Southern California received some rain this past El Nino season, but only some. The region is still mired in drought. As the nation follows the water crisis affecting Los Angeles, Orange, and San Bernardino counties, it’s a reminder to all of us to curb our water consumption. There are several ways to save water without scrapping showers from your daily routine or risking constant dehydration.
1. Harvest shower water
Before you turn the shower on in the morning, place a bucket under the faucet. Catch cool water in the bucket while your shower water is heating up. Use water collected in the bucket to mop floors, clean your bike, or water plants in your apartment.
2. Collect excess water used in cooking
Water left in a pot after boiling vegetables can be similarly harvested. This water, which should technically be potable, can also be used to make vegetable stock. Simply store the water in the fridge and reuse it the next time you boil your vegetables. Just be sure to check on it every now and then to make sure it’s not going bad.
3. Use leftover drinking water to water your plants
When tidying up at the end of the night before bed or after company, don’t dump water left in glasses throughout the day. Pour the leftover water into a watering can to water the plants the next day.
4. Time your showers
Tracking the time you spend in the shower and constantly working to shorten your shower times can feel something like a game to some people. If this doesn’t sound like your type of fun, select your favorite songs and try to shower before they can play all the way through. Start with songs in the four-minute range, and switch to three-minute songs when you’re ready. Remember that the water doesn’t have to run the entire time you’re showering. You can save even more water by closing the tap to lather yourself in soap and shampoo, turning the water back on to rinse off.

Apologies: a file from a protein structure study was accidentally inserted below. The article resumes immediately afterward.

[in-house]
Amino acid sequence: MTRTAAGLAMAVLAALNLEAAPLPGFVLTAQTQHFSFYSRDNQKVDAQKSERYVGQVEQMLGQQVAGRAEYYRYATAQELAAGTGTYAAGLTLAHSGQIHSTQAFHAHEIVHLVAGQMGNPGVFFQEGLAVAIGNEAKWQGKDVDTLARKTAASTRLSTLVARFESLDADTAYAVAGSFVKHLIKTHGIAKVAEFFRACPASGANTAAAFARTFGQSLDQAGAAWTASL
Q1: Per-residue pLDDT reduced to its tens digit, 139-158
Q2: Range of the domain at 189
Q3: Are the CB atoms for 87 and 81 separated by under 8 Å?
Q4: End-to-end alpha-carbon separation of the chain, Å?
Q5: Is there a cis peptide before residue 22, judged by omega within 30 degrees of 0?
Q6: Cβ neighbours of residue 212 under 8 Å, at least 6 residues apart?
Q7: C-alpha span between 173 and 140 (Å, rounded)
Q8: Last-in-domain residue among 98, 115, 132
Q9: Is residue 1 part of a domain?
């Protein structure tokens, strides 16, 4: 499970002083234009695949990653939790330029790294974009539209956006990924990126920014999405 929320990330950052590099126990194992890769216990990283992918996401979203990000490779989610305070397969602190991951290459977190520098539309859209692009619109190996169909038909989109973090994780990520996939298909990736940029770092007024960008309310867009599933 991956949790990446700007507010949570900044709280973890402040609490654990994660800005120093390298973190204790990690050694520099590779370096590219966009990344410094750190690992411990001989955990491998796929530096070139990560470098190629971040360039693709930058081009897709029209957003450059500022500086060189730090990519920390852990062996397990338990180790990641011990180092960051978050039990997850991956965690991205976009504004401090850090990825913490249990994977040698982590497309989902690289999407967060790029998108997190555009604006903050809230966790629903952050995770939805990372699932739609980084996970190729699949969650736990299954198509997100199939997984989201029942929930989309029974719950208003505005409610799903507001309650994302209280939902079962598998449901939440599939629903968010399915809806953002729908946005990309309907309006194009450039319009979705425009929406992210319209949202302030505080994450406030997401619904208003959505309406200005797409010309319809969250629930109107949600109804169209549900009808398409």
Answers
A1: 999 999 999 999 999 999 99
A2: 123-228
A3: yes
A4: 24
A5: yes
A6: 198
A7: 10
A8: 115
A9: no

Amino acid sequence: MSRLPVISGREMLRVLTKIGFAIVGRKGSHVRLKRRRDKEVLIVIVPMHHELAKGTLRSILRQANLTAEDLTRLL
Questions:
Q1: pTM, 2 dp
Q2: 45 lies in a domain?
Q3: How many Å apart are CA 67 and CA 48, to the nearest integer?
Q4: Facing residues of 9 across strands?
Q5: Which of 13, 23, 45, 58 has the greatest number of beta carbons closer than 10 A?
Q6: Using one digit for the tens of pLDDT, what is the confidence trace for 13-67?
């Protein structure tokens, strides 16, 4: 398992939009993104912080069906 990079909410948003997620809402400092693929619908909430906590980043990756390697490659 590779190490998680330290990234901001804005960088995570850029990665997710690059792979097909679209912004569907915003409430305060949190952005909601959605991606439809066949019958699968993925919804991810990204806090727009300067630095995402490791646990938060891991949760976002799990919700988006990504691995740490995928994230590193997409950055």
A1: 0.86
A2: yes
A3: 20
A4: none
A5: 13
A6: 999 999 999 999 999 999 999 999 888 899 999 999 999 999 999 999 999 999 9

5. Store a jug of water in your fridge
If you like your water cool, keep a full jug or pitcher of water in your fridge at all times. This way, you don’t have to run the tap until the water gets cool every time you pour yourself a glass. If you do run the tap until it cools down, harvest and reuse the water that’s not cool enough for you to drink.
6. Only pre-wash filthy dishes
Most modern dishwashers do not require pre-washing. Save water (and time, and energy!) by only soaking or pre-washing dishes that could really use a pre-wash. Dishwashing detergent is actually more effective when dishes have some food particles stuck to them anyway.
7. Wash full loads only
Run your dishwasher and washing machine only when you have full loads of dishes or laundry. You’ll save water and optimize your appliances’ energy efficiency.
8. Keep garbage disposal use to a minimum
Garbage disposals are convenient, but they use water unnecessarily. Scrape food scraps into your pet’s dish, a compost bin, or the garbage, and run your garbage disposal as infrequently as possible.
9. Check for leaks
Plumbing leaks are a dime-a-dozen problem, and many of them go undetected. You can check for a toilet leak by squeezing a few drops of food coloring in the toilet tank. If the coloring crops up in the toilet bowl before you flush, you’ve got a leak. Keep an eye out for under-sink leaks as well, and immediately report leaks you find to management.
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